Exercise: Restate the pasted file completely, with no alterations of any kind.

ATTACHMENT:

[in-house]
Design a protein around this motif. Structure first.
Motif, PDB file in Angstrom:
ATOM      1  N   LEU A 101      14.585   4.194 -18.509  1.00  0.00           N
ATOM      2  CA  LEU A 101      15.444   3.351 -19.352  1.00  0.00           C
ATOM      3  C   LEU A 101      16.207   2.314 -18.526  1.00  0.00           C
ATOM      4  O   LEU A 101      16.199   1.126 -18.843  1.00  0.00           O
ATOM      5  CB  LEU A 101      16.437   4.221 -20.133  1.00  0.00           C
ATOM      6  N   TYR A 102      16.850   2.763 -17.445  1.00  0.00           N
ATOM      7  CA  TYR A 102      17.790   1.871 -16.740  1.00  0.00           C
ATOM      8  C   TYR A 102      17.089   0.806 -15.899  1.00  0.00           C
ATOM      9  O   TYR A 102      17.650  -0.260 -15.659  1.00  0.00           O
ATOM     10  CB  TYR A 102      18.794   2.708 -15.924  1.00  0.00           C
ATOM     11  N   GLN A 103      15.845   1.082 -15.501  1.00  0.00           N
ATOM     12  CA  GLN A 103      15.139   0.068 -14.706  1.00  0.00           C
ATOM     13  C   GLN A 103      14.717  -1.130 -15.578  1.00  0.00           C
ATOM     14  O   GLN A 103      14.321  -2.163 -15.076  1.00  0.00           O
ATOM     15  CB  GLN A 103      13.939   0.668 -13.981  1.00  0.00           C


[in-house]
Design a protein around this motif. Structure first.
Motif, PDB file in Angstrom:
ATOM      1  N   LEU A 101      14.585   4.194 -18.509  1.00  0.00           N
ATOM      2  CA  LEU A 101      15.444   3.351 -19.352  1.00  0.00           C
ATOM      3  C   LEU A 101      16.207   2.314 -18.526  1.00  0.00           C
ATOM      4  O   LEU A 101      16.199   1.126 -18.843  1.00  0.00           O
ATOM      5  CB  LEU A 101      16.437   4.221 -20.133  1.00  0.00           C
ATOM      6  N   TYR A 102      16.850   2.763 -17.445  1.00  0.00           N
ATOM      7  CA  TYR A 102      17.790   1.871 -16.740  1.00  0.00           C
ATOM      8  C   TYR A 102      17.089   0.806 -15.899  1.00  0.00           C
ATOM      9  O   TYR A 102      17.650  -0.260 -15.659  1.00  0.00           O
ATOM     10  CB  TYR A 102      18.794   2.708 -15.924  1.00  0.00           C
ATOM     11  N   GLN A 103      15.845   1.082 -15.501  1.00  0.00           N
ATOM     12  CA  GLN A 103      15.139   0.068 -14.706  1.00  0.00           C
ATOM     13  C   GLN A 103      14.717  -1.130 -15.578  1.00  0.00           C
ATOM     14  O   GLN A 103      14.321  -2.163 -15.076  1.00  0.00           O
ATOM     15  CB  GLN A 103      13.939   0.668 -13.981  1.00  0.00           C